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Dudamel takes a surprisingly inward and successful look at the Mahler 9th
on 19 February 2013
While Gustavo Dudamel's rise has been fast and dazzling, many will be surprised that at his young age he feels prepared to tackle Mahler's 9th, a symphony that deals with darkness and death. But Dudamel has to his credit an exciting 5th with the Simon Bolivar Youth Orchestra, a recording that made it clear he connects with Mahler's abandonment. Here he's conducting the Los Angeles Philharmonic, a wise move for DG, since I'm not sure a youth orchestra could accurately plummet the work's seriousness. (We'll see how the Simon Bolivar Orchestra fares in the Mahler 7th, which DG releases later this year.)
But moving on to the interpretation in question, Dudamel's timing of 29 minutes for the 1st movement leans on the slower side. Dudamel doesn't drag, though. Instead, he finds throbbing passion, often to the point of sounding heartbroken. I was deeply moved by his ability to build on Mahler's long melodic lines. Dudamel lets the line expand with fervency that makes the work feel vast. His intensity keeps his slow tempo from becoming ponderous and it helps that he makes the most of the climaxes. I'm very impressed, but quite surprised. Instead of aiming for explosive excitement, Dudamel took an inward look. (It's in this movement that I pick up on some creaking noises during the climaxes that recur in some of the following movements. It's a minor complaint, but one worth noting for those who want perfect sonics.)
I agree with the previous reviewer who remarked that Dudamel doesn't accept Simon Rattle's view that the Scherzo is everything Mahler hated about the country while the Rondo-Burleske is everything he hated about the city. Rattle's look at these movements was biting and intense to the point of exhausting the listener. Dudamel decides to sound more optimistic, and his lack of strong irony makes these movements sound almost cheerful. That's not code for bloodless, though. I enjoyed the 2nd movement especially, finding its airiness refreshing. Dudamel tinges the work with an extra strong sense of melancholic yearning. Instead of sounding desperate and gloomy, we enter a world of confidence threatened only by the foreboding sadness. In all, this is a lighter look but one so inspired I can't complain about missing drama.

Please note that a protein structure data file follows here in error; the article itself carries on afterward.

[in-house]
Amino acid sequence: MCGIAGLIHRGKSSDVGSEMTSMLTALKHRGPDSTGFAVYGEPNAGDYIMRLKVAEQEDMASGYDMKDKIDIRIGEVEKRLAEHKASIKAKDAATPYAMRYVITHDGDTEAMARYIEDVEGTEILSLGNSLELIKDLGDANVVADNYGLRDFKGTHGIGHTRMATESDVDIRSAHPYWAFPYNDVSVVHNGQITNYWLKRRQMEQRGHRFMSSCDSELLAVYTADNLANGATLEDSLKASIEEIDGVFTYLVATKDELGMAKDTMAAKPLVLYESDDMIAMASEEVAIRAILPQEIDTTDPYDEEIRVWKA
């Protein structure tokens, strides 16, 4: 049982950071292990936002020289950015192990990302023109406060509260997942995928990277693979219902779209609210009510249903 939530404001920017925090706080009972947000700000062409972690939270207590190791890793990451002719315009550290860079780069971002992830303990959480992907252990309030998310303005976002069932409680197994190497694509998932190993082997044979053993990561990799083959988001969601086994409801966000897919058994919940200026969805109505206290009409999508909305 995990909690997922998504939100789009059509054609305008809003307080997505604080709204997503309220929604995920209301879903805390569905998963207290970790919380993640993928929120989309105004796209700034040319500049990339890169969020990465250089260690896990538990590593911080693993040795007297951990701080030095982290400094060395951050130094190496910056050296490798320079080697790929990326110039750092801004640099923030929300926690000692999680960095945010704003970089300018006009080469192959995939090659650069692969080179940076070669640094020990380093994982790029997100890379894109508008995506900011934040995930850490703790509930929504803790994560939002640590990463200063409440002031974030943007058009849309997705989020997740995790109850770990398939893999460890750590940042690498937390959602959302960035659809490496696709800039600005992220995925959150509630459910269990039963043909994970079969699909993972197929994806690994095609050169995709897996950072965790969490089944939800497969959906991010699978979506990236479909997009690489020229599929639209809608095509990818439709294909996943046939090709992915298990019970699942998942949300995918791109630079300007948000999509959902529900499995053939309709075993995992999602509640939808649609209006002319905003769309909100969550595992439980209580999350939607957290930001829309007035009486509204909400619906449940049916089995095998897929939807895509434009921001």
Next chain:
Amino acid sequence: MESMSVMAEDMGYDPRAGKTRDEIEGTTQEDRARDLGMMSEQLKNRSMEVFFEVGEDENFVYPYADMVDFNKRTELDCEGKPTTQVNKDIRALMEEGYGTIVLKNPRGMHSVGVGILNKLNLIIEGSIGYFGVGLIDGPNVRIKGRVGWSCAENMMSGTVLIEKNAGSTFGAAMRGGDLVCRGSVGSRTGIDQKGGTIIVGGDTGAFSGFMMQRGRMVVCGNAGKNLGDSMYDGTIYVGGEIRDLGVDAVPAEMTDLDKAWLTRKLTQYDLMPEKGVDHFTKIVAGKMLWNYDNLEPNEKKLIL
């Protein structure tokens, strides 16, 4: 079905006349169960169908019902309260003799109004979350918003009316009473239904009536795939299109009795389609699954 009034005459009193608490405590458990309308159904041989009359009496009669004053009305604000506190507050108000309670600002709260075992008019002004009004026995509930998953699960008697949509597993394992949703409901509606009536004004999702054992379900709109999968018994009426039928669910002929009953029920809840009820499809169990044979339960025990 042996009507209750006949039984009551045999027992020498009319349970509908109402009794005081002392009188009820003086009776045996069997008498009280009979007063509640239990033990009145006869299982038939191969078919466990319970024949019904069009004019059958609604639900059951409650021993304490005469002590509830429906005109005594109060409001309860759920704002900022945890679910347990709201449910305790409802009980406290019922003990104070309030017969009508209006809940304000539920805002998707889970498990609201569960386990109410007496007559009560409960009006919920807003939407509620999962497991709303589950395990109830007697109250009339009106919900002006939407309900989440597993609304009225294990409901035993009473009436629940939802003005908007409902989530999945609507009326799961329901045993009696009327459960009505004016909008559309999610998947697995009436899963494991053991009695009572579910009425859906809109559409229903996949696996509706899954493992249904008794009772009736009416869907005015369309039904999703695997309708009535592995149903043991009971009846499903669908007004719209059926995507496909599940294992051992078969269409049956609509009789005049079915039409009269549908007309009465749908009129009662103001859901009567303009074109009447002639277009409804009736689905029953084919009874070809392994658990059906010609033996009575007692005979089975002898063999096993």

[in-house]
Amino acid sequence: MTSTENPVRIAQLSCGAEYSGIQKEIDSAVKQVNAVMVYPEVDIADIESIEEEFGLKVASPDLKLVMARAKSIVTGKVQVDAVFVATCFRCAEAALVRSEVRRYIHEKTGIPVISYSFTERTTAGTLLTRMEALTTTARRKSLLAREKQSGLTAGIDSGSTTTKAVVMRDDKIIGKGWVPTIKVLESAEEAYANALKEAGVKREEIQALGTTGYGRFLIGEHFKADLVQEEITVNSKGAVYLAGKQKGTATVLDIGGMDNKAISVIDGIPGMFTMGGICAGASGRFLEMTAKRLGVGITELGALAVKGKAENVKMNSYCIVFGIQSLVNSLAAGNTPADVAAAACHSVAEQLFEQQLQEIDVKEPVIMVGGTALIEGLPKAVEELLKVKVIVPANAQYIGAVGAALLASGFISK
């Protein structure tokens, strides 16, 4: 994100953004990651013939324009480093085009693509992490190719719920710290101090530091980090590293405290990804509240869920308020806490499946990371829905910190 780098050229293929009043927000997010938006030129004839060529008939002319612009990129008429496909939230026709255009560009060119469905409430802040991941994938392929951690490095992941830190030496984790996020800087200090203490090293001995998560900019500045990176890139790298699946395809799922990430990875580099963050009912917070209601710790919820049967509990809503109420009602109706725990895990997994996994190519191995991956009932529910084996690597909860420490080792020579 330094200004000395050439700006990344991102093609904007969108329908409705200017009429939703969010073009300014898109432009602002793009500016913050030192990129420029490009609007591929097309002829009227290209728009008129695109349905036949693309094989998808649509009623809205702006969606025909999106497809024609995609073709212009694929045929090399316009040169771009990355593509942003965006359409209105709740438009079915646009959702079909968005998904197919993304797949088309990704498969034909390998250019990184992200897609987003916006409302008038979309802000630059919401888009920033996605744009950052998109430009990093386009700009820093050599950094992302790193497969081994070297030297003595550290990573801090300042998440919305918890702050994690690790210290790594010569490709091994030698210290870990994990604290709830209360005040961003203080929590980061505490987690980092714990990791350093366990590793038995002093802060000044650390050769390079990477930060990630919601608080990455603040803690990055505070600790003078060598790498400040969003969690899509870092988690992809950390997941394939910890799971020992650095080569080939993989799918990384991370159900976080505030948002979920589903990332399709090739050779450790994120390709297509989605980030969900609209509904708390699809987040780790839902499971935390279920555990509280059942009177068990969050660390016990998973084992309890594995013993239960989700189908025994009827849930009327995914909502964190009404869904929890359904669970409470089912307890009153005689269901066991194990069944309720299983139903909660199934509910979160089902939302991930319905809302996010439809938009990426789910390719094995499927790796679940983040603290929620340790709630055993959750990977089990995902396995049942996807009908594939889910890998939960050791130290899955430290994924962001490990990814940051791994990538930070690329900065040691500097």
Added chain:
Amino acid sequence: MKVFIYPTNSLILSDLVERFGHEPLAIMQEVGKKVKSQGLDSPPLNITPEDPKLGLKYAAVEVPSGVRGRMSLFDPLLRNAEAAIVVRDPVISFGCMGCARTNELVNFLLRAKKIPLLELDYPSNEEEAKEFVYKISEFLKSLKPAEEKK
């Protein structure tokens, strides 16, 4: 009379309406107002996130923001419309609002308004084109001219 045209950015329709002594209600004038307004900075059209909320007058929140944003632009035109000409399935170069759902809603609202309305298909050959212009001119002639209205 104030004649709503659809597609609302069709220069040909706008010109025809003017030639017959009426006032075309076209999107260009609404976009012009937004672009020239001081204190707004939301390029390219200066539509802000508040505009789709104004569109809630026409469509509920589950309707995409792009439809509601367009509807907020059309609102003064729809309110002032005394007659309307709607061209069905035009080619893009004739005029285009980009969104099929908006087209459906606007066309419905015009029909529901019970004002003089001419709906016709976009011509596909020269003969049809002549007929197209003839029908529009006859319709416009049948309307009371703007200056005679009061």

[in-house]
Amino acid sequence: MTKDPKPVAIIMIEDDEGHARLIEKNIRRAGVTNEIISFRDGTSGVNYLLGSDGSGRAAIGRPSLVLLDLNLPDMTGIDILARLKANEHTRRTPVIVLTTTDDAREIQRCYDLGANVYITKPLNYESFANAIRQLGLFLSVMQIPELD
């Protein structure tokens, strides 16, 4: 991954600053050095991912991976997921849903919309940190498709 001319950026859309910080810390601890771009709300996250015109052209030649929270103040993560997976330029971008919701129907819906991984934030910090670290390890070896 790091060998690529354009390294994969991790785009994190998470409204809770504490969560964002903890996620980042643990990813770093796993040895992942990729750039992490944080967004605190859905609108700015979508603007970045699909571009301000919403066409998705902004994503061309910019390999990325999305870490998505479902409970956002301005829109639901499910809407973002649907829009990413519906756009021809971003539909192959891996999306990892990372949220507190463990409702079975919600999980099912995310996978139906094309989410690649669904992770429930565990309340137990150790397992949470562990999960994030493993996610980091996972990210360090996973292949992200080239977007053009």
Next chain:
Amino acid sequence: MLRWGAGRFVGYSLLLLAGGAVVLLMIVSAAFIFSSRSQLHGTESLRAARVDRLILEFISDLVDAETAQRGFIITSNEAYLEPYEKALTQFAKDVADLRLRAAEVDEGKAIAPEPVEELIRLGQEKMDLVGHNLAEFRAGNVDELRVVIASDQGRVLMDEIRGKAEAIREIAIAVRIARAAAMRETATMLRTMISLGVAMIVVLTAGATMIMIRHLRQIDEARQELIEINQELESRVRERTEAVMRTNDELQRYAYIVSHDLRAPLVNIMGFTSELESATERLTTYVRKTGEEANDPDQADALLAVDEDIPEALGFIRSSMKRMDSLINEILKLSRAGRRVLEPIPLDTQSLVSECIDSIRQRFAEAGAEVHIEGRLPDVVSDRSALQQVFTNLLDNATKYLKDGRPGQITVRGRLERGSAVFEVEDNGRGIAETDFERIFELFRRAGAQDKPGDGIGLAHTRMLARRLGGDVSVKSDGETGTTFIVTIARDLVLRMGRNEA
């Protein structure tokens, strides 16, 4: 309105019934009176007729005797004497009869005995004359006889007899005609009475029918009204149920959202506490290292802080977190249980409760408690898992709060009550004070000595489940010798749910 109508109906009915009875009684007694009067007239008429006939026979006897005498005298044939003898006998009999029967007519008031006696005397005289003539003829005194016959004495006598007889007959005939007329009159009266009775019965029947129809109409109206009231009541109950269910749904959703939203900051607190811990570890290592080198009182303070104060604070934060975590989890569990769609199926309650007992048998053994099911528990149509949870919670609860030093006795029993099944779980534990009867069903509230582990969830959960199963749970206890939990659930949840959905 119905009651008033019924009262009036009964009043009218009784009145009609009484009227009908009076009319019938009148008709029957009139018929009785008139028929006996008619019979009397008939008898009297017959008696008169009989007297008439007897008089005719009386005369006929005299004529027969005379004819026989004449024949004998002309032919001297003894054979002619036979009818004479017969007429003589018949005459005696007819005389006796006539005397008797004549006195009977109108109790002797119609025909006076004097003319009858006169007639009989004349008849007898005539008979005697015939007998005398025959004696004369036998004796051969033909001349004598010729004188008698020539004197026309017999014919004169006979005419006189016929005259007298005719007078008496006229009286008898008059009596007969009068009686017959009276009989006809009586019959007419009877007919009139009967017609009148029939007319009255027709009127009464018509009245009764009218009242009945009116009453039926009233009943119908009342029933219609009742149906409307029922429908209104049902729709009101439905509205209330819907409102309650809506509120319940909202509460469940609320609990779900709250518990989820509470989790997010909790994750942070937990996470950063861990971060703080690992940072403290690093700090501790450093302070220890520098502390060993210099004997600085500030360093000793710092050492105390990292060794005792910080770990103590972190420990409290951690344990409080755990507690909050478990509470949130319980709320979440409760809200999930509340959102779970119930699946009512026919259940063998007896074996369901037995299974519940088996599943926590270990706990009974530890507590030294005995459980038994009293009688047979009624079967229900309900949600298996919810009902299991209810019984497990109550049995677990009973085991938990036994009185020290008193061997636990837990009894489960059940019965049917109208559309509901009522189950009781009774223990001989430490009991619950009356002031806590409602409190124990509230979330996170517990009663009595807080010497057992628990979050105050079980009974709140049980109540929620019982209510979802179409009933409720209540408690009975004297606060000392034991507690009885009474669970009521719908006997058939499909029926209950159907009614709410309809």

I'm not sure the 3rd movement works quite so well. Dudamel remains poised and alert, and doesn't go for violent assaults the way Bernstein, Rattle, and Gergiev did, to list a few of his predecessors. But along with Dudamel's newfound intrinsic sensitivity comes the ability to draw attention to the raw grief that's hidden between the lines. When we're on a visceral ride that pushes the limits of sanity we don't notice these details. My only complaint would be that there's not enough contrast with the previous movement, but that's a quibble.
Moving into the Adagio, we've grown accustomed to Dudamel's sound world, which is more about inner intensity than obvious bravura. The previous reviewer who spoke of Dudamel's "respectful tenderness toward Mahler's setting sun" encapsulated the basic sum of what this movement means to Dudamel. It's calm and reflective, not the lunge of fraught emotion that Bernstein delivered in Berlin. It's in this movement that I miss the best European orchestras, but Los Angeles' playing is always accomplished. For me, what made this movement a success was Dudamel's tenderness that turned it into an elegy notable for poignant resignation.
I'm pleased to greet this disc with my most enthused recommendation. I can't properly stress how surprised I am that Dudamel took this thoughtful, mature view. It's hard to comprehend that this sublime reading came from a conductor barely in his thirties.